Just in time for Christmas, we released a significant update to both free and paid versions of Accessibility Checker. The update changes the way the plugin scans WordPress websites for accessibility problems. This release is the first of a series of updates to eliminate false positives in Accessibility Checker.
Historically, Accessibility Checker scans have all been PHP-based. The plugin uses PHP functions to get the HTML of the page and the CSS files, then evaluates both together. This type of scanning works very well for most of our rules but makes it hard to accurately analyze CSS-based issues like color contrast.
As the popularity of CSS variables increased over the past few years, we realized that it wasn’t enough to get the HTML and CSS. Accessibility Checker needed to be able to translate CSS variables into hex codes for evaluation. Without this ability, many false errors could be flagged for color contrast.
Keeping Accessibility Testing Affordable
Many accessibility tools utilize crawlers to scan live websites or API connections to an external server that renders pages in a virtual browser like Puppeteer. These are excellent options for accessibility scanning but add server costs to every scan, which can quickly get expensive.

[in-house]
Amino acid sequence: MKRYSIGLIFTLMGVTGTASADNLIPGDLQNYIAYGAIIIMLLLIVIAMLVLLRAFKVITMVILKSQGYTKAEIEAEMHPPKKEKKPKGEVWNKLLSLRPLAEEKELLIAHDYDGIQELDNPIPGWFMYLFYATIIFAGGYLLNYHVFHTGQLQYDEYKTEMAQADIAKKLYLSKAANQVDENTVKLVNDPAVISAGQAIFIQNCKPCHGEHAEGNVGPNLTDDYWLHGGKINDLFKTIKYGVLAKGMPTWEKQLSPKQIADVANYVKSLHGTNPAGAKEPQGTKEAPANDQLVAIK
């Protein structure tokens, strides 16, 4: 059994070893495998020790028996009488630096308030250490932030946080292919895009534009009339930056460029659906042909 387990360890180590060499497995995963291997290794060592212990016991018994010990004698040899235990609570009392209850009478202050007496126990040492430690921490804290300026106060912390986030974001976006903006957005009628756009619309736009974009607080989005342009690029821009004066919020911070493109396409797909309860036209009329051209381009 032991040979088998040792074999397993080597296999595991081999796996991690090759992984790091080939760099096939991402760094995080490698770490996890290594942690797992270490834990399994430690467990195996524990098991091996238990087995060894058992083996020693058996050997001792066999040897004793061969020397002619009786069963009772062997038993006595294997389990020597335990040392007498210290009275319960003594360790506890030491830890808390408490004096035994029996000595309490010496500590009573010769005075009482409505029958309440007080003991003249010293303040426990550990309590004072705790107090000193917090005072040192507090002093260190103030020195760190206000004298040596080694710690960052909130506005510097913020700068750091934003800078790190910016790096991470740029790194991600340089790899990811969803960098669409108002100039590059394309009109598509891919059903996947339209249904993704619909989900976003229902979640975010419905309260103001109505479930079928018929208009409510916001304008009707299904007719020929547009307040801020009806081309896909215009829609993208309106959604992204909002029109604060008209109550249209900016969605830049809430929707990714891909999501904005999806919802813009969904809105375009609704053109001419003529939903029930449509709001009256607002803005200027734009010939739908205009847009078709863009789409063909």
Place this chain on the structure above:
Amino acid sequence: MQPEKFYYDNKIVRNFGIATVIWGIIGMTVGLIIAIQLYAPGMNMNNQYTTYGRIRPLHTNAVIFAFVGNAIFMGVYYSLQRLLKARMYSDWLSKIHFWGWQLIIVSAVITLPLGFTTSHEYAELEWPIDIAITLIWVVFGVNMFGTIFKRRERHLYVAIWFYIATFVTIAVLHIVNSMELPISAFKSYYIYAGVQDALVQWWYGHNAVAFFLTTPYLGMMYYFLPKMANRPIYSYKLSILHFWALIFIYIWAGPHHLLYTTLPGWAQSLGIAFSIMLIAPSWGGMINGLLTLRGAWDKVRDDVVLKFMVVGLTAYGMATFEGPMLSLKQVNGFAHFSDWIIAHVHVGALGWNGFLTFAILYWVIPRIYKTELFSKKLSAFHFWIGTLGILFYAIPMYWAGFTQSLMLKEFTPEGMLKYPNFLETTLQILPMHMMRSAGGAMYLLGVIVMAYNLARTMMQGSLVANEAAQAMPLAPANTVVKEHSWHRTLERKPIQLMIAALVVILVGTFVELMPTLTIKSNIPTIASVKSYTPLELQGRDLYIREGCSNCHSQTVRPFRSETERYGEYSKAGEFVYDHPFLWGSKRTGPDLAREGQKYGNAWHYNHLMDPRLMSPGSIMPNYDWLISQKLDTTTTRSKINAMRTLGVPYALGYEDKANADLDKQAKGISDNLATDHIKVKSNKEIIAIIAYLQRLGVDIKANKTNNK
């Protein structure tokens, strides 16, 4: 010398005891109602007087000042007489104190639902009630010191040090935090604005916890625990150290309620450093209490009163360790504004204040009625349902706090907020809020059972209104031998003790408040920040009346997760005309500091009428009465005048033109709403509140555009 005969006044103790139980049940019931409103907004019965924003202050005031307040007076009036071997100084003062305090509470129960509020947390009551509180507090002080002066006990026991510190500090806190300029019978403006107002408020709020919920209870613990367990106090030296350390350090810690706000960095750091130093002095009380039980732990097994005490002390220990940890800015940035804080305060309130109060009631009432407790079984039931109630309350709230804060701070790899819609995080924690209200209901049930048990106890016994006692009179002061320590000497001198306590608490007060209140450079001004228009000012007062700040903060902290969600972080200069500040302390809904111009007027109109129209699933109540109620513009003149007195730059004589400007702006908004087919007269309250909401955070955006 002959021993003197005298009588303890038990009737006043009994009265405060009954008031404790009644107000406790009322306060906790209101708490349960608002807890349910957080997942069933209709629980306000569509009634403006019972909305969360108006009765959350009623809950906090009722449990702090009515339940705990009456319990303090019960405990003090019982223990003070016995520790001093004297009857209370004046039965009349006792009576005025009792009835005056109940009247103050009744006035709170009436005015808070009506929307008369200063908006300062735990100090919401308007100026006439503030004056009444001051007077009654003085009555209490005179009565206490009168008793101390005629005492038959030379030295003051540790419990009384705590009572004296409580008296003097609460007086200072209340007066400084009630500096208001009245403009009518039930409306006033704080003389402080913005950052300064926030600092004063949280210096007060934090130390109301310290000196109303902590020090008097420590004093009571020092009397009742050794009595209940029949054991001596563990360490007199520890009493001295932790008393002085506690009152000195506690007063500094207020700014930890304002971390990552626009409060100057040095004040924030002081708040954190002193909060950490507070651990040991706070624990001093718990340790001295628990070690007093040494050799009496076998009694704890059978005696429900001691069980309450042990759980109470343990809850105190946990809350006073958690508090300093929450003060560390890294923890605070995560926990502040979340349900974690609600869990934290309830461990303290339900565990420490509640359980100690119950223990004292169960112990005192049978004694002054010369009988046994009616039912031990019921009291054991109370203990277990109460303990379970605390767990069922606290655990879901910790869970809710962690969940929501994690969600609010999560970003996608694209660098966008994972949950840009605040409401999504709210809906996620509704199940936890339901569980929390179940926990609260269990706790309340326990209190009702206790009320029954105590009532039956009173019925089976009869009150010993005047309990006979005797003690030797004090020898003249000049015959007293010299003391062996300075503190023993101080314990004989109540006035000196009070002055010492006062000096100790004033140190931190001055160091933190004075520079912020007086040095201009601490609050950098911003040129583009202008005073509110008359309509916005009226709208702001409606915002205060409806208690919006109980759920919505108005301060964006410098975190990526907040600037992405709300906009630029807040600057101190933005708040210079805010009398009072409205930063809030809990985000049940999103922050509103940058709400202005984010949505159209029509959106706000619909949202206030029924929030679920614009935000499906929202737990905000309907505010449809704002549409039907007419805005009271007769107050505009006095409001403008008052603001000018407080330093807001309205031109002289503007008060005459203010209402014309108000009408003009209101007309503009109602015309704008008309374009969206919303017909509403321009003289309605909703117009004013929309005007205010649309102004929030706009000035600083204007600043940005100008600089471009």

The Equalize Digital dev team faced a challenge. We wanted to improve accuracy and reduce false positives while still keeping a robust free version of the plugin. It was important to us that we didn’t have to charge per-page scanning fees.
Depending on your WordPress theme, the impact of this change could be a significant improvement in the accuracy of your reports.
Here’s an example of a website with a theme that uses CSS variables. Before this release, the Open Issues report on this site showed 341,194 Insufficient Color Contrast errors.
After updating the plugin and running another full site scan, the website showed only 367 Insufficient Color Contrast errors.
All the false positives have been eliminated, and all that remains are actual color contrast errors that must be corrected.
If you have Accessibility Checker, update your plugin to see the improved scanning on your site. If you’re not yet checking your WordPress site for accessibility problems? Start using Accessibility Checker free today.